UK birth-trauma inquiry delivered gritty truths, but change will be hard

With many NHS maternity services struggling and a shortage of midwives, MPs’ plan for overhaul is ambitious

That the findings of the UK’s first inquiry into birth trauma are far from surprising does not diminish the fact that they are shocking, devastating and difficult – indeed distressing – to read. The all-party parliamentary group (APPG) for birth trauma’s 80-page report should give ministers, NHS bosses and the midwives and obstetricians who deliver care serious pause for thought.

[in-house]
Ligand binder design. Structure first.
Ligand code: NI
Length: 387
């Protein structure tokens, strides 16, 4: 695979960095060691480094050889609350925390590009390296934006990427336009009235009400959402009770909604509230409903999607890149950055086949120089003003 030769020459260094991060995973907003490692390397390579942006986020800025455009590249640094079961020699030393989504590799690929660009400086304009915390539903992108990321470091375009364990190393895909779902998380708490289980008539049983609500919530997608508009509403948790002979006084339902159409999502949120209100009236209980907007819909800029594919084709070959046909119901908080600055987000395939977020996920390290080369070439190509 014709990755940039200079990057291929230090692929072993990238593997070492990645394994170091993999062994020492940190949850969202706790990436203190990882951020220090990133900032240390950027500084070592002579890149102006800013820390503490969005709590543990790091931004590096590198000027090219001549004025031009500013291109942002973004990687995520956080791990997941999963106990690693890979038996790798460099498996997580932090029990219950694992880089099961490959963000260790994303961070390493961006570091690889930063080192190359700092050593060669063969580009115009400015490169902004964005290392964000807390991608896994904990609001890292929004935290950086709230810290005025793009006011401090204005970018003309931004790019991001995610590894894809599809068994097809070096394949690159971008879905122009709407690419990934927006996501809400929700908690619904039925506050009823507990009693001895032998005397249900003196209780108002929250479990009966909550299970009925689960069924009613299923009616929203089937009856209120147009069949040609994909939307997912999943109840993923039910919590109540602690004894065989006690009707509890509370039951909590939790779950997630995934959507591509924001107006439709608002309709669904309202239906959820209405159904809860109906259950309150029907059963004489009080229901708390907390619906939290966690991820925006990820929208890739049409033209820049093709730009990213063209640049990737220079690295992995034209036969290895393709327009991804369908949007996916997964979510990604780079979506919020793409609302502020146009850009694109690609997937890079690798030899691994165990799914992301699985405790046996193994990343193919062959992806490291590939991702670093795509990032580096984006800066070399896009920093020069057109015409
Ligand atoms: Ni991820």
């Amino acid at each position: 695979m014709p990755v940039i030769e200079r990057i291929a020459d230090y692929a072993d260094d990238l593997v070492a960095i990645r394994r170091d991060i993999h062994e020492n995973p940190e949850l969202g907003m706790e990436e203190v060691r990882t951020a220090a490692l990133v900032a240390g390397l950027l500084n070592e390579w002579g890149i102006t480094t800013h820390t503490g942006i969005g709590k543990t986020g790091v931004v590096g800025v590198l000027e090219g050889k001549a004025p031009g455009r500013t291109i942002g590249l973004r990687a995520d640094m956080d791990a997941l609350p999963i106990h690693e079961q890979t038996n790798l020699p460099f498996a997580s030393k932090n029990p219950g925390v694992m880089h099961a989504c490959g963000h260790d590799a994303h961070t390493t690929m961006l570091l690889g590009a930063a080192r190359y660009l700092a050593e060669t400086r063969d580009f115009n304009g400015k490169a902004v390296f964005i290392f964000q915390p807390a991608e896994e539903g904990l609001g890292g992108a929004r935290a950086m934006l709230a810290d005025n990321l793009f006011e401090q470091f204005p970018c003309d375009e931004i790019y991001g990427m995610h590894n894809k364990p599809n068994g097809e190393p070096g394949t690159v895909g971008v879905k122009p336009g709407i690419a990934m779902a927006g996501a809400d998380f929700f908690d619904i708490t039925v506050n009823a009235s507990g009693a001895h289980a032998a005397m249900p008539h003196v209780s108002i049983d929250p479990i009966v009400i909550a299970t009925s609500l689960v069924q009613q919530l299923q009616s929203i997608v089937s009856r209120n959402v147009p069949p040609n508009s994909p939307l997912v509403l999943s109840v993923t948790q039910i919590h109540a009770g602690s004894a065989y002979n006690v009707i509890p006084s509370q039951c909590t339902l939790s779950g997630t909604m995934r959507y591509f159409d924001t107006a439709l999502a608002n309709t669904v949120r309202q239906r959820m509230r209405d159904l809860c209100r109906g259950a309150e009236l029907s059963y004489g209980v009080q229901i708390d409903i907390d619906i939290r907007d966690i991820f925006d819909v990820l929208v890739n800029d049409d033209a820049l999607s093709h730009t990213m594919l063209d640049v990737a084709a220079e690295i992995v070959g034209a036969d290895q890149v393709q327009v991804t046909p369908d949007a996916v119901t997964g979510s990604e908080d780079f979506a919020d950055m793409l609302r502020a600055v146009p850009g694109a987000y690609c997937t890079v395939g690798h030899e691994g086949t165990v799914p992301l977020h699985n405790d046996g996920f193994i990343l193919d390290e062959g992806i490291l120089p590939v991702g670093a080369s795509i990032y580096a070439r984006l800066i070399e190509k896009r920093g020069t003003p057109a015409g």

It highlights how “mistakes and failures” by maternity staff lead to stillbirths, premature births, babies being born with cerebral palsy because they were starved of oxygen at birth, and “life-changing injuries to women as the result of severe tearing”. How some mothers were mocked, shouted at, denied pain relief, not told what was going on during their labour, left alone in blood-stained sheets, with desperate bell calls for help going unanswered – all examples of “care that lacked compassion”. And how, in some cases, “these errors were covered up by hospitals who frustrated parents’ efforts to find answers”. It amounts to a shameful catalogue of negligence in the only area of NHS care where two lives – one still unborn – are on the line.

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